There’s some evidence the Highland Park shooter was a Trump fan, including a photo of the killer wearing a Trump flag as a cape and dressed as Waldo at a Trump rally. The shooter also allegedly liked a tweet by President Biden, which right-wingers claim proves he’s a Democrat. The town the shooter attacked has a substantial Jewish population, so some are speculating the murders were a hate crime.
All or none of this may turn out to be true, but here’s one thing we do know right now: If the shooter had not been able to easily obtain an AR-15-style rifle that can spray a street with deadly rounds, he wouldn’t have been able to kill seven people and injure dozens more in a matter of seconds.
The same is true of the Uvalde school shooter, the Buffalo supermarket shooter, the Parkland school shooter, the Pulse nightclub shooter, the Las Vegas music festival shooter, the El Paso Walmart shooter, the Sandy Hook school shooter, etc., etc., etc.
Sometimes we find out shooters had specific motives, like the racist Buffalo and El Paso shooters. A history of domestic violence and misogyny are also common traits among mass shooters. And sometimes, maybe most often, they’re just psychos with no discernable motives.
Motivations aside, these mass shootings are becoming more common, and we need to steer the conversation away from gun rights and toward the right the rest of us have to live in peace and safety. There are some telling quotes from the latest members of the mass shooting survivor club at CNN.
One witness said he and his wife were standing around confused about what was happening when the shots first began, but their children, who had participated in active shooter drills at school, immediately realized what was going on and dove for cover, causing the parents to snap out of it.
One father ran into an alley and put his small children in a metal dumpster to keep them safe, asking strangers who were cowering behind the dumpster to watch the kids while he went looking for the rest of his family. Here’s how another father described the experience:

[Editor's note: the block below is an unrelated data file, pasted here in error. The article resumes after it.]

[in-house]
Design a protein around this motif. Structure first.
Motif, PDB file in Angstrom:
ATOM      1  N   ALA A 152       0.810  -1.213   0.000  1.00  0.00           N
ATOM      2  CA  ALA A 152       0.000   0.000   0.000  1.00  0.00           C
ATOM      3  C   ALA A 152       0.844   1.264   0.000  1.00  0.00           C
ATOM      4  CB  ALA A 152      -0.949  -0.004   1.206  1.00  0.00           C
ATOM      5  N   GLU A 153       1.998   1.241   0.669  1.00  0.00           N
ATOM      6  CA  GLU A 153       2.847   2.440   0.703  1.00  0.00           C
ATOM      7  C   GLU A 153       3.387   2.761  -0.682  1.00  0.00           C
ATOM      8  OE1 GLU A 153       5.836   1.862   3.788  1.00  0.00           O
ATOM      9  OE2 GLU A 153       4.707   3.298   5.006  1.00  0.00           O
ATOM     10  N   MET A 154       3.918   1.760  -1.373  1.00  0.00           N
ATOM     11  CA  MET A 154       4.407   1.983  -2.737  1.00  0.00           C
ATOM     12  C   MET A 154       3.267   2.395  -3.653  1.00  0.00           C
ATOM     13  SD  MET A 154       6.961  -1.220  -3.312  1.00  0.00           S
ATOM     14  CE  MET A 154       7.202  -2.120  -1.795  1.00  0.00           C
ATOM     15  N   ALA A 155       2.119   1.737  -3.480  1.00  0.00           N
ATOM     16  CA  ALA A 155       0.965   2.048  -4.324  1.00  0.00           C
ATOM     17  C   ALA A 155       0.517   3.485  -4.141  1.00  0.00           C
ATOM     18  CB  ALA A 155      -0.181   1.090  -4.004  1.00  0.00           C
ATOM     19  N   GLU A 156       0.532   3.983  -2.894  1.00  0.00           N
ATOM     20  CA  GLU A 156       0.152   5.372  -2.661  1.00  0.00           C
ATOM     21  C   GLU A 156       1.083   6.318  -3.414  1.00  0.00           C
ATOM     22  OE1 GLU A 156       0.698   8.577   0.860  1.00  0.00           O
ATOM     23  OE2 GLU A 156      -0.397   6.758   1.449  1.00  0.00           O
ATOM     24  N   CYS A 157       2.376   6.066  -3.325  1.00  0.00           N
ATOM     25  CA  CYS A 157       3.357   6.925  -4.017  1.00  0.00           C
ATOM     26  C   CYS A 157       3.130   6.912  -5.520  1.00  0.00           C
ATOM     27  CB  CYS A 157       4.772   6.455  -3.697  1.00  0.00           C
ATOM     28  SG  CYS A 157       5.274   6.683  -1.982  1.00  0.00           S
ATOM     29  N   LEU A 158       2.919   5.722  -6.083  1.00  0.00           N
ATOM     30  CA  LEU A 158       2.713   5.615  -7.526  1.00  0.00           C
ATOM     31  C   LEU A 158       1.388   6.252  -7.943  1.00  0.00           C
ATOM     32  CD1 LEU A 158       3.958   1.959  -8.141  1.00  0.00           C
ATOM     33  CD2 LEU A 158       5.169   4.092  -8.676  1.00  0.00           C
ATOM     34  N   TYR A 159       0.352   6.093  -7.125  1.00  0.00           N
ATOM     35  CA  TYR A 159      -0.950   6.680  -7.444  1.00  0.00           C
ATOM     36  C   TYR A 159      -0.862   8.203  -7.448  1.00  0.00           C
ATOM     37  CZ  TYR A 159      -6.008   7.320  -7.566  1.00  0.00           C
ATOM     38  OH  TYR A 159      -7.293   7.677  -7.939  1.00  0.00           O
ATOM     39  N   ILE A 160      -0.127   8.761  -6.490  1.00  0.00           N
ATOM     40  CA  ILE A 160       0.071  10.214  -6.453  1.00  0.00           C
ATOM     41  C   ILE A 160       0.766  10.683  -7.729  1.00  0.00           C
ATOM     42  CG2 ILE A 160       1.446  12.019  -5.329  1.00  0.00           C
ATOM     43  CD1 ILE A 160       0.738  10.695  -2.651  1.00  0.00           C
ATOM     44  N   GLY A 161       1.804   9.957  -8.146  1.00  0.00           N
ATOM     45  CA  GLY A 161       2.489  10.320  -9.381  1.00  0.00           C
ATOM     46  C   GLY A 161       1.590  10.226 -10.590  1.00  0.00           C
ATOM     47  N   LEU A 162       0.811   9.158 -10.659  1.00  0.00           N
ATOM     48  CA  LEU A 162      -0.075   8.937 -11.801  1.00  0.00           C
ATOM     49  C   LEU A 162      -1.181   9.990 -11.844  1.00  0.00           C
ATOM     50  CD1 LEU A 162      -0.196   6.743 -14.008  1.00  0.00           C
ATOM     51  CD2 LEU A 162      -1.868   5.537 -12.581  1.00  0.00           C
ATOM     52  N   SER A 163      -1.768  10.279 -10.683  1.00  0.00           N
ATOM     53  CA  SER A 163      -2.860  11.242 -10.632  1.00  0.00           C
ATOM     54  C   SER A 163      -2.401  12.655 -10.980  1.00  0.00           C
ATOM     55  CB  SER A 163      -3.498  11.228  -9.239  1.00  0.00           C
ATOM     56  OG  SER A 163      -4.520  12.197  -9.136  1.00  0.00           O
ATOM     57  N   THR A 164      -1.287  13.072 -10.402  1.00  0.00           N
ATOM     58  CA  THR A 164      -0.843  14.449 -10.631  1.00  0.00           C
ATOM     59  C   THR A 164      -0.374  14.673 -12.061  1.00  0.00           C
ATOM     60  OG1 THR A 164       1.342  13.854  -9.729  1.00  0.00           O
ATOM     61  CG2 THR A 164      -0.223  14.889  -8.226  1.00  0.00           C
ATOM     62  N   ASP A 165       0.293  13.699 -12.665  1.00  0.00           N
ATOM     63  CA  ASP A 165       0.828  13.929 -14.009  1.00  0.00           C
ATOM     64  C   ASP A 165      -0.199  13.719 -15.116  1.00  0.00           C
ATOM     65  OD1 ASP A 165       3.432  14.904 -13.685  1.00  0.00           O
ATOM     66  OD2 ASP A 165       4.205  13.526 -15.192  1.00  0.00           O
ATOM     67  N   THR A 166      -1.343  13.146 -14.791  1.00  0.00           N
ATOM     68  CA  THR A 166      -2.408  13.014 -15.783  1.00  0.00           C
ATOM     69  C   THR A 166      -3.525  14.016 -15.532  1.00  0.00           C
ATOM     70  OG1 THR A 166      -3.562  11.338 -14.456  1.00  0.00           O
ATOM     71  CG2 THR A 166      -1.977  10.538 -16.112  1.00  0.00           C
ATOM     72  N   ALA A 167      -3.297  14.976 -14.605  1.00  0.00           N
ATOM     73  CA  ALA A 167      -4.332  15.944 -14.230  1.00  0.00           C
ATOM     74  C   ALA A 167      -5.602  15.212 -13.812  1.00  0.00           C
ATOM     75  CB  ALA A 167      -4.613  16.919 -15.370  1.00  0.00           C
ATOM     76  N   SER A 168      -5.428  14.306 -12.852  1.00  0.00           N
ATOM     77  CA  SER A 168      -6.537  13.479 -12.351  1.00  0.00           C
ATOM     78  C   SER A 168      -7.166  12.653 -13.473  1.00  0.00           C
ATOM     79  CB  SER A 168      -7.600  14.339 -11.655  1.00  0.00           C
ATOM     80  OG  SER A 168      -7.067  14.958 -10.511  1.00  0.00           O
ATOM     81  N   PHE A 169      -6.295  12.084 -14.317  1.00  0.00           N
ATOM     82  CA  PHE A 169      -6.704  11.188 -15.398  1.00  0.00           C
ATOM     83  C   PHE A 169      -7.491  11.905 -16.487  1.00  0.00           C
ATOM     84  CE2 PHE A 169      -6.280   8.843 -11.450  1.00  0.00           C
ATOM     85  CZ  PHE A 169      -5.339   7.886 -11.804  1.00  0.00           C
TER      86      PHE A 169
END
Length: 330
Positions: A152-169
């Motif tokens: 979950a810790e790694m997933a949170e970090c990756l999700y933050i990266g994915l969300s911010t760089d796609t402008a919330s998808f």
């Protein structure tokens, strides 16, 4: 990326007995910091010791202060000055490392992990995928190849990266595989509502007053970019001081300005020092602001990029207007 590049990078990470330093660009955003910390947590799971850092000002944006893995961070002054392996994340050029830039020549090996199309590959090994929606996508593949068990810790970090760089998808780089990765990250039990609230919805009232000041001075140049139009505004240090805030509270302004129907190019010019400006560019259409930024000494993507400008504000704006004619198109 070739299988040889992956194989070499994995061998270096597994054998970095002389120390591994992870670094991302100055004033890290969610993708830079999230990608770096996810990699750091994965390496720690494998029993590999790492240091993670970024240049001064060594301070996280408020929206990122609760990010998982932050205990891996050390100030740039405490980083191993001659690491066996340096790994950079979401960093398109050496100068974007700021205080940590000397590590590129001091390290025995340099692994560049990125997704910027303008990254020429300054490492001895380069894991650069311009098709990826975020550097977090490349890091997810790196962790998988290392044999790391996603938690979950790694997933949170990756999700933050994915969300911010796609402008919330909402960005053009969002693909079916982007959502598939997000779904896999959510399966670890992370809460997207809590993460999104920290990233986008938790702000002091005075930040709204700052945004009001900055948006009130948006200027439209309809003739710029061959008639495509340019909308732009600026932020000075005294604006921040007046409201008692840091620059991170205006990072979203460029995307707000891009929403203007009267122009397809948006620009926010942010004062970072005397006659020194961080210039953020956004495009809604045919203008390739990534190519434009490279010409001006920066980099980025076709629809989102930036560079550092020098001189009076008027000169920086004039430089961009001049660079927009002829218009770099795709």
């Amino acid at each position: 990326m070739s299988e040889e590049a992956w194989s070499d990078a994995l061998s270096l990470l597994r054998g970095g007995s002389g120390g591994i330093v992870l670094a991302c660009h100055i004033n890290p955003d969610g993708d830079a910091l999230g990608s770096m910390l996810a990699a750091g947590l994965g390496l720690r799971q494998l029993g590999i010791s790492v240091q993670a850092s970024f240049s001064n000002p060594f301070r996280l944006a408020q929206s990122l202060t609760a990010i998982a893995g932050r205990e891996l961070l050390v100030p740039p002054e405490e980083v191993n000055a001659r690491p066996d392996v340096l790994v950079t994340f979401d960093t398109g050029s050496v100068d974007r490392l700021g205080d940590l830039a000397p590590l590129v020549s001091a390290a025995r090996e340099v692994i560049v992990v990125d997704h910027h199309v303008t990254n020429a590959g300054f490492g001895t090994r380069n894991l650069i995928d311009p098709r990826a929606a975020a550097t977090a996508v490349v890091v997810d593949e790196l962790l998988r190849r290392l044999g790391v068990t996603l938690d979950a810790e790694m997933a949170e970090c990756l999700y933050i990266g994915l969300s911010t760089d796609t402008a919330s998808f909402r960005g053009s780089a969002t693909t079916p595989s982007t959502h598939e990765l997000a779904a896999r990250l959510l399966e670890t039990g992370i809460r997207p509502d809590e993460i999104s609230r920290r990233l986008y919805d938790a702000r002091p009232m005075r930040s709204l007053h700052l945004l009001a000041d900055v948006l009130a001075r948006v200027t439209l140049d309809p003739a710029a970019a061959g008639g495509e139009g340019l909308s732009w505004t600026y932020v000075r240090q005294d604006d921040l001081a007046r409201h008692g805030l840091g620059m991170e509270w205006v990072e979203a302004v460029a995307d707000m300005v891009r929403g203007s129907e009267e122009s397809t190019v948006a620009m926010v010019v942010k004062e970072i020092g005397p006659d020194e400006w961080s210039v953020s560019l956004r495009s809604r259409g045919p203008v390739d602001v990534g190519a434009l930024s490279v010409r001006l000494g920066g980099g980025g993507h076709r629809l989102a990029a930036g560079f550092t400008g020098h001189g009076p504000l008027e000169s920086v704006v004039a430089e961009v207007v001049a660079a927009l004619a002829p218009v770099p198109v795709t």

I ran from a mass shooting today with my two little girls in my arms. We got separated from my wife. We hid behind a car and then sheltered in the apartment of some good Samaritans for 5 hours watching swat teams from the windows. We are all ok but we’re angry, very very angry.
— Hunter Stuart (@Hoont) July 4, 2022
Enough anger can change things, even the Republican-imposed paralysis on guns. As I said here after the Parkland massacre, I believe those of us who are in favor of sane gun laws will win, but not until a critical mass of people realize their own freedom — to send their kids to school, to go shopping, to the movies, to nightclubs, to music festivals, to Fourth of July parades, etc. — is being curtailed by a relatively small group of fanatics and vote accordingly.
Someone — not Churchill — said America almost always does the right thing, eventually, after exhausting all other possibilities. We’ve been exhausting the possibilities, even though the solution to stop this madness has been obvious all along. But I still think we’ll get there. Eventually.